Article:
I won’t give anything away, other than to note how in life there are events which upon reflection change us irrevocably.  As a writer, I get to craft those cataclysmic occurrences, but it’s merely fiction, all from my head.  Yet I draw on personal experience, as well as harvesting all I have seen around me.  It’s like making a most delicious soup, and it’s almost done, and I’m about to spoon up a bite to make sure it’s truly as good as it smells.  And once I’ve tasted it, it will be time to dole it out for others to enjoy.  Or maybe it’s just a little like that, I don’t know.  All I know is that since October of 2013, this chapter has been waiting for me.  I didn’t know its exact number, and that’s for the best; if you’d told me it would be 263, I might not have reached this point, ha ha!  Yet it’s right around the corner from this blog post, waiting for me.

A writer’s life is usually quiet, kind of invisible.  But here’s a virtual drum roll, as from a stone’s throw away a novel’s conclusion waves at me.  And off I go…..

For the love of baby quilts (and hexies too)….

First I want to say that having basted hexagon paper pieces with glue and thread, but not on the same hexie, I find thread basting just as expedient as glue, and so much easier to sew together!  There’s more give in a thread-basted paper piece, so I’m not constantly nicking the edges of the paper.  And I can sit on the sofa to thread baste, unlike standing at my sewing table to use glue.  However, those glue-basted hexies won’t get lost in the shuffle; Little Miss, Miss Em, and their folks came to dinner tonight, and my nearly three-year-old grandgirl fell in LOVE with the glued hexies!  Oh my goodness, she was totally head over heels for them, which made this abuela very happy.  We made more hexies for her to take home, solid colours that her parents like; green and purple for dad and mum, and yellow for the nieta herself.  I think she chose red for her little sis, I was just trying to glue fabric onto paper hexagons as fast as possible.  I will see them on Wednesday, when a trip to the craft store will be in order for more paper pieces, and perhaps a wee bit of fabric too.

The initial laying-out of the fabric. Nothing I tried felt at all pleasing, just meh all round.

But this entry isn’t so much about paper piecing as it is traditional machine sewing, although this quilt for a chap due next month came together in a rather odd manner.  I thought I wasn’t going to have time for it, but I did, yet it was a little tricky to design, but then suddenly I’m ready to start quilting it.

Then voila, here’s the end result. I didn’t snap pics in between, just trying to stay in the moment, allowing Grace to do the heavy lifting.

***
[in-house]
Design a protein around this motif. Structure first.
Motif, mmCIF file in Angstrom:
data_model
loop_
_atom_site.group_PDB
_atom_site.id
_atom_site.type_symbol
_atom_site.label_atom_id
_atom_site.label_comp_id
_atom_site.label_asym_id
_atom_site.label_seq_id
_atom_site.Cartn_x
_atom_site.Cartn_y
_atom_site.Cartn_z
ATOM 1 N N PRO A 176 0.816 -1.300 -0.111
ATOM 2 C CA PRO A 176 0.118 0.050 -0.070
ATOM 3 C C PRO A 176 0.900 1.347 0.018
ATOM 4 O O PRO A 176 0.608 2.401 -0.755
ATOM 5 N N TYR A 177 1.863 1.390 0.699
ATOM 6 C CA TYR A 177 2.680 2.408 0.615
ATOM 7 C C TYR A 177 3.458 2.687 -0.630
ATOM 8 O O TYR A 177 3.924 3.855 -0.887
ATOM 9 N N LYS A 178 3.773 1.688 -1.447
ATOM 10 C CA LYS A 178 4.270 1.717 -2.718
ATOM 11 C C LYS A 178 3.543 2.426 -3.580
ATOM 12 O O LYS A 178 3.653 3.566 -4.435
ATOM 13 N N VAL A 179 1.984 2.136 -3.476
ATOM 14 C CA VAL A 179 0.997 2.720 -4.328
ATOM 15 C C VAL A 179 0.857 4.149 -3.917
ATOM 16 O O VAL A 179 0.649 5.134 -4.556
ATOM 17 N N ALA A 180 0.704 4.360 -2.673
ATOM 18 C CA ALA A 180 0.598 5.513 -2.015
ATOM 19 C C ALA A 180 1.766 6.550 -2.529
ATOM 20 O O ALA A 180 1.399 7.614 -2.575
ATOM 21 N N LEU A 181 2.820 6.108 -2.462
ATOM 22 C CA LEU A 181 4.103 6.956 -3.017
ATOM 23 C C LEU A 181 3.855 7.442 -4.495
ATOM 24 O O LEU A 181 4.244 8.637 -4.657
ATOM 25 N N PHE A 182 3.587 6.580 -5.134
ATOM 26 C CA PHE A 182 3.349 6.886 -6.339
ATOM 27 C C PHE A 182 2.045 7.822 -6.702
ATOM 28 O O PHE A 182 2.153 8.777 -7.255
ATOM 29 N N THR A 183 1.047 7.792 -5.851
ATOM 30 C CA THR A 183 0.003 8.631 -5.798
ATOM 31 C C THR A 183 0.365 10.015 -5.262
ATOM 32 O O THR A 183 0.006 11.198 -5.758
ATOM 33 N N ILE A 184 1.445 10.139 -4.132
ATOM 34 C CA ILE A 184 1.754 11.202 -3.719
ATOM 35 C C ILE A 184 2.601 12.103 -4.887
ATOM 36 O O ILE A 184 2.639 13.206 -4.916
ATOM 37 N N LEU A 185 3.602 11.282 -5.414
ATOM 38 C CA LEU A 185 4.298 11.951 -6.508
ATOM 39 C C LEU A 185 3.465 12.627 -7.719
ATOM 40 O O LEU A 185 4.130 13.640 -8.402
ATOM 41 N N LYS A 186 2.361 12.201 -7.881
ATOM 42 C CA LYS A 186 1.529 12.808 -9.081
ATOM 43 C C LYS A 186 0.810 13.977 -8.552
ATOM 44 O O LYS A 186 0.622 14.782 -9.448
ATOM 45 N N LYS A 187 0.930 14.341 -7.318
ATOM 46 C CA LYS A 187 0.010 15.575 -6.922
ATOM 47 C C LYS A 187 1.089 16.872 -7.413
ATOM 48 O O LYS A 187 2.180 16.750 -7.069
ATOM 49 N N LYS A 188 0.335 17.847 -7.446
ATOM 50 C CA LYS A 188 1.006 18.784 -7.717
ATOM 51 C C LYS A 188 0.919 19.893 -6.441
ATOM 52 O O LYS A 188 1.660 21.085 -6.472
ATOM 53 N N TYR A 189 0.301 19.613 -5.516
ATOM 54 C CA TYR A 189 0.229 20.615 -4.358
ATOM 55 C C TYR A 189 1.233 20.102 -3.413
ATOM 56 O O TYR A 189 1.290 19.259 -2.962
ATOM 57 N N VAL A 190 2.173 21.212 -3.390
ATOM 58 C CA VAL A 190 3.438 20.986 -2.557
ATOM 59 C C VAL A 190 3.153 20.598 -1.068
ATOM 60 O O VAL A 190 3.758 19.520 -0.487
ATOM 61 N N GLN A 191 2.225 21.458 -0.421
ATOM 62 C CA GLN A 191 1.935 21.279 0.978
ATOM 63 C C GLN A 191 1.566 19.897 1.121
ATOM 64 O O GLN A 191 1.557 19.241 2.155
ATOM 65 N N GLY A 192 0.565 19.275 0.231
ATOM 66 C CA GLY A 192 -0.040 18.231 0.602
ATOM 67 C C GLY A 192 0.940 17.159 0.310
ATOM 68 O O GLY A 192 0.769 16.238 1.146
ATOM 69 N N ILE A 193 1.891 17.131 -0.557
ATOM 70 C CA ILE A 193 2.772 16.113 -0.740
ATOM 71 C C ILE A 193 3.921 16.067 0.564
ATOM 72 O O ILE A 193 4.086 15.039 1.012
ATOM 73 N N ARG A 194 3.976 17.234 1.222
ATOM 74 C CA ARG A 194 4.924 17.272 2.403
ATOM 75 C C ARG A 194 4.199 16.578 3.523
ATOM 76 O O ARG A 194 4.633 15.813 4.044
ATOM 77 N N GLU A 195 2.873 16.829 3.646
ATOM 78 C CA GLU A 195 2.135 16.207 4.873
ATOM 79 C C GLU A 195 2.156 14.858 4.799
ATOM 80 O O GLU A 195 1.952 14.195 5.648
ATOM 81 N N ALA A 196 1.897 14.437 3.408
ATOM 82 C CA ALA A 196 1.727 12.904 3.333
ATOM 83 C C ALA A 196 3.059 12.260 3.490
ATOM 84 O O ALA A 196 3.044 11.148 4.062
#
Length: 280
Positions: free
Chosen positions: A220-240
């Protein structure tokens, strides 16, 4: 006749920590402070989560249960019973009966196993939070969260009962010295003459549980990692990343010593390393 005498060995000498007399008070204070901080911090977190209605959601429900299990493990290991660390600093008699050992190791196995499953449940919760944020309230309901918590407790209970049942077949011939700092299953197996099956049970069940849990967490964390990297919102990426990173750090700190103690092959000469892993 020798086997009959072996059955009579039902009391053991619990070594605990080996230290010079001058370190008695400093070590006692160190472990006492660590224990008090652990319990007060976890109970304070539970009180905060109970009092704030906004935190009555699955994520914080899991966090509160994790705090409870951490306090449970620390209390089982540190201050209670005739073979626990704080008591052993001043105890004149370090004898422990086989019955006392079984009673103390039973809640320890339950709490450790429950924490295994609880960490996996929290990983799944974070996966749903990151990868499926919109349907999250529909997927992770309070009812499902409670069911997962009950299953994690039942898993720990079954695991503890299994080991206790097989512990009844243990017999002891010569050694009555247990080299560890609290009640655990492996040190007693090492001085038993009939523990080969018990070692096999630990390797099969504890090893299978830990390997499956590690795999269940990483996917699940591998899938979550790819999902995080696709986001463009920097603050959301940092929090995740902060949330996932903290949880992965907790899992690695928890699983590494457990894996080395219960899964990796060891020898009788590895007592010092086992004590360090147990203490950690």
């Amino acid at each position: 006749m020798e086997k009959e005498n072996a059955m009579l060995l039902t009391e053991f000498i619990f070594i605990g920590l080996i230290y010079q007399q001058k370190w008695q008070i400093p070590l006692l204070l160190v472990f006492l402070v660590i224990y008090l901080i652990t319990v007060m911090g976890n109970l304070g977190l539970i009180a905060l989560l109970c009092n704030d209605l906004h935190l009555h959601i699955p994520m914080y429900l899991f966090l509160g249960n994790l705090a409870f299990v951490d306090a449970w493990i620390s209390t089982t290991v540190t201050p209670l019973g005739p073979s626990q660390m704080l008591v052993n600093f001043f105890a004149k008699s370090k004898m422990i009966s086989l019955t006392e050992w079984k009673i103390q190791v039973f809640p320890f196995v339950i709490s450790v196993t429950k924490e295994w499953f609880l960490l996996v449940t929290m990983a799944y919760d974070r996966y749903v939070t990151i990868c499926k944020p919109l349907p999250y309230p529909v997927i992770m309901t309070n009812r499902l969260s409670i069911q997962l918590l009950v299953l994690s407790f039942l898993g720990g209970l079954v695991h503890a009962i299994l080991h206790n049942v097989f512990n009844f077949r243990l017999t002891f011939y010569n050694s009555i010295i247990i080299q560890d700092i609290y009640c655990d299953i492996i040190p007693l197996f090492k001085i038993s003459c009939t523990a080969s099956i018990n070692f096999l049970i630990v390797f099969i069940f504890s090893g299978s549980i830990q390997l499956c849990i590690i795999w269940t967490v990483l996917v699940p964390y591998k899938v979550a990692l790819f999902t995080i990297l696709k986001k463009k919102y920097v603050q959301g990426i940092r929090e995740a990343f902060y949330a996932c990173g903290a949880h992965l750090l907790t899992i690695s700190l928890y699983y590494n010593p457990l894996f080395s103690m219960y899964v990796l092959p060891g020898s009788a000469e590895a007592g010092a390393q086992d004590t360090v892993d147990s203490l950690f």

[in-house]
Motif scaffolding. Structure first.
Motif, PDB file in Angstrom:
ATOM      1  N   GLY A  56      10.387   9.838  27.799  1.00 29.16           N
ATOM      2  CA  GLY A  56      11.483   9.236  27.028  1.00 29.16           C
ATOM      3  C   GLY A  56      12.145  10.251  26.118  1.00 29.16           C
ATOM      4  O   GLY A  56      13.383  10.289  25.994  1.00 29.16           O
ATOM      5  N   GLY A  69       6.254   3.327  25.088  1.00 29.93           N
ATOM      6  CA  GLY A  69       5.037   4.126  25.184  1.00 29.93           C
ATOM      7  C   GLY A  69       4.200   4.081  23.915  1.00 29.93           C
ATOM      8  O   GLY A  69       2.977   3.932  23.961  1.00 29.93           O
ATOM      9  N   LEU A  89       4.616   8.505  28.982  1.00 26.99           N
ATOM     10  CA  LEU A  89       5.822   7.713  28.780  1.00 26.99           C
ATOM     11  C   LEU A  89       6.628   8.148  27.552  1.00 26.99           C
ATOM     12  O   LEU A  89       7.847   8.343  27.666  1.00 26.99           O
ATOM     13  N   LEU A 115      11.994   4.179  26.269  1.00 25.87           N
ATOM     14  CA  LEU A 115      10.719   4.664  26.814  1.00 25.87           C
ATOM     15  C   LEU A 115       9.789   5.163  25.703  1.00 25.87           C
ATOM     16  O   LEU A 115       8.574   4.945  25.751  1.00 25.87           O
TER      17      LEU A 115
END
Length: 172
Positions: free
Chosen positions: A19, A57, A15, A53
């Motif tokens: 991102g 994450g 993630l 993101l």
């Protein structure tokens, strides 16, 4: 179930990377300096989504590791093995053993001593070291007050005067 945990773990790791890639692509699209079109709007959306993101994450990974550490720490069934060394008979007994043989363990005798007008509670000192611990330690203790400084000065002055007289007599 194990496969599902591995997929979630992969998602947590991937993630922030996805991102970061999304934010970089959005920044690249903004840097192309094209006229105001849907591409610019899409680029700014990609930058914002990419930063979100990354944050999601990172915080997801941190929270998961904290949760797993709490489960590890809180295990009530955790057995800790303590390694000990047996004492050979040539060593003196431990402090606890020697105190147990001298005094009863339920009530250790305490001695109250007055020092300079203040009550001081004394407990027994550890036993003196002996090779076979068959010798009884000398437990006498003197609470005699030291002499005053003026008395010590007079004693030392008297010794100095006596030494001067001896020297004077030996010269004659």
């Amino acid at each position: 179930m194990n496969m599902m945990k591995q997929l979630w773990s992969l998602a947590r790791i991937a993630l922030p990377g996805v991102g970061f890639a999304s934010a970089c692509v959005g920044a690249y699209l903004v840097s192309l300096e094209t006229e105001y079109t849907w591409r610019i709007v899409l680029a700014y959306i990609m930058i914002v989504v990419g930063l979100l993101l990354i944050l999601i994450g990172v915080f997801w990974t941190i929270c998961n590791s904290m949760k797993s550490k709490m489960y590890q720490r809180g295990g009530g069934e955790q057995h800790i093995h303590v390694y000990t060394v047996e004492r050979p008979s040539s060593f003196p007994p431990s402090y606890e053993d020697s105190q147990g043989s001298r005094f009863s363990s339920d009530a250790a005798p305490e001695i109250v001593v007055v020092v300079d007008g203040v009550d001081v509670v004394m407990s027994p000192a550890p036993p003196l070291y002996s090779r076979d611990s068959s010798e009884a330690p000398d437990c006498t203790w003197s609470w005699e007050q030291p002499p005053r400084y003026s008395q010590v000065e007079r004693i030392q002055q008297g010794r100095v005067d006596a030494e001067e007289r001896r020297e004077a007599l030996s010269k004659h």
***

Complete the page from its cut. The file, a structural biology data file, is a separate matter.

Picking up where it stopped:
Funny how surprises enter the equation, and even when things seems ultra-tricky, a treasure emerges.

So on Friday morning, I woke with the notion that yes, I was going to make a baby quilt for a fellow I’ll call Tibby.  Actually, his middle name is going to be Tiberius, and if you know your sci-fi, there’s only one Captain James T. Kirk which springs to mind, ahem.  I’m actually not a  Shatner fan, but as soon as I heard about Tiberius’ moniker, I knew the fabrics I wanted to employ for Tibby’s quilt.  That was if I could find the time to make it.

Late on Friday afternoon, the blowy wind made photography difficult.

As I said, Friday morning the time was NOW, um, okay….  This is what I inwardly call Quilting by the Spirit.  There’s no sense in attempting any other work, just let my actions be guided by Hands far more aware than mine.  And that’s what I did, gathering fabrics, then putting them on the quilt wall.  I didn’t want to chop that galaxy into pieces, in fact the more I played around with it, I wondered if I could pull it off.  The saving grace, and I mean literal grace, was that I KNEW it was going to work out.  I had no idea HOW, other than to just keep faffing with those cottons.  Eventually something was going to stick.

While basting today, I did want to capture the moment.

Maybe that’s why I had to start basting hexies with glue, just so Little Miss could nearly lose her ever-loving little mind over them, lol.  Grace permeates the most innocuous part of life, even quilting.  Or maybe especially quilting.

There’s something very relaxing about basting, what I also find with thread and hexagons.

Certainly grace was in force this past weekend, as Tibby’s quilt came into being.  By Friday night the top was done, flannel scraps chosen for the back.  I did some writing Saturday morning, then in the afternoon sewed up the back, also cutting strips for the binding.  That night I sewed together two large batting scraps, then watched the San Francisco Giants beat the Dodgers in like fourteen innings, oh my goodness.  I went to bed, plans for basting in my head.